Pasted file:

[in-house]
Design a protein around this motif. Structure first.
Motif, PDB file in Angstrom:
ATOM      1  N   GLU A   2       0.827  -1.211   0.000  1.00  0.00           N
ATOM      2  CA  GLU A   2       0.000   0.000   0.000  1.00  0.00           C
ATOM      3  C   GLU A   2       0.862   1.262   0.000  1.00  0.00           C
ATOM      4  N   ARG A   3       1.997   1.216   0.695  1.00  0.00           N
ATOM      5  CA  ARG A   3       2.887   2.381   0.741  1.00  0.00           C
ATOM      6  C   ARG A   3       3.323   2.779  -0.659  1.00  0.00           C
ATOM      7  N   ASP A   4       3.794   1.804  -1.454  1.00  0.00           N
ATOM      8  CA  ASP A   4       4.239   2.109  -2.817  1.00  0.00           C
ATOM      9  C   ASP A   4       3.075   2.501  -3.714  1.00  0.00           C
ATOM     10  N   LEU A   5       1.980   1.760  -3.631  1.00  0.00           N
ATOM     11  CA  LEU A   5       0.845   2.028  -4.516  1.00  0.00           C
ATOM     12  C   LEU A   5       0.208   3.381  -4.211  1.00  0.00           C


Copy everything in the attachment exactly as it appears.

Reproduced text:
[in-house]
Design a protein around this motif. Structure first.
Motif, PDB file in Angstrom:
ATOM      1  N   GLU A   2       0.827  -1.211   0.000  1.00  0.00           N
ATOM      2  CA  GLU A   2       0.000   0.000   0.000  1.00  0.00           C
ATOM      3  C   GLU A   2       0.862   1.262   0.000  1.00  0.00           C
ATOM      4  N   ARG A   3       1.997   1.216   0.695  1.00  0.00           N
ATOM      5  CA  ARG A   3       2.887   2.381   0.741  1.00  0.00           C
ATOM      6  C   ARG A   3       3.323   2.779  -0.659  1.00  0.00           C
ATOM      7  N   ASP A   4       3.794   1.804  -1.454  1.00  0.00           N
ATOM      8  CA  ASP A   4       4.239   2.109  -2.817  1.00  0.00           C
ATOM      9  C   ASP A   4       3.075   2.501  -3.714  1.00  0.00           C
ATOM     10  N   LEU A   5       1.980   1.760  -3.631  1.00  0.00           N
ATOM     11  CA  LEU A   5       0.845   2.028  -4.516  1.00  0.00           C
ATOM     12  C   LEU A   5       0.208   3.381  -4.211  1.00  0.00           C